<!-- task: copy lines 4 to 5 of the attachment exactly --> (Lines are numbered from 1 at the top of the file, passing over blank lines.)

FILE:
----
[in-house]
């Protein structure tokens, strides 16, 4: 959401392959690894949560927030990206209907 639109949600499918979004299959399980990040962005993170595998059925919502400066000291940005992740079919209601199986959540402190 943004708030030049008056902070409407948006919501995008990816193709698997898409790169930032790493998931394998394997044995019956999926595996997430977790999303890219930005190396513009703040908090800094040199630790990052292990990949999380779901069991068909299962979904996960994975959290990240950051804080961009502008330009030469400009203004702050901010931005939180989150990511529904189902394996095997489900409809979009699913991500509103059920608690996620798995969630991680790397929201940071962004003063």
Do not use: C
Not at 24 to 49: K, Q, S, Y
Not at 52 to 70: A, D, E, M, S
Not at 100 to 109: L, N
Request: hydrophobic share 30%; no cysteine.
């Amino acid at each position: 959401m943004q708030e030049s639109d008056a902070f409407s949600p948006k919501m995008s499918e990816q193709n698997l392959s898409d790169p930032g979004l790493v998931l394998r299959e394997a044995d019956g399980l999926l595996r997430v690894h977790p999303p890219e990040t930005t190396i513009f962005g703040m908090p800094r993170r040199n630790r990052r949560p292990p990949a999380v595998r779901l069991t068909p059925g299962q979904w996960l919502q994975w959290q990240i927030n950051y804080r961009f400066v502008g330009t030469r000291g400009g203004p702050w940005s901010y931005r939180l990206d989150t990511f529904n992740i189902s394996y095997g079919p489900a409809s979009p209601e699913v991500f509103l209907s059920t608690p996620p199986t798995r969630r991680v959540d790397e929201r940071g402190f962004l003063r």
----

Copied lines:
Not at 24 to 49: K, Q, S, Y
Not at 52 to 70: A, D, E, M, S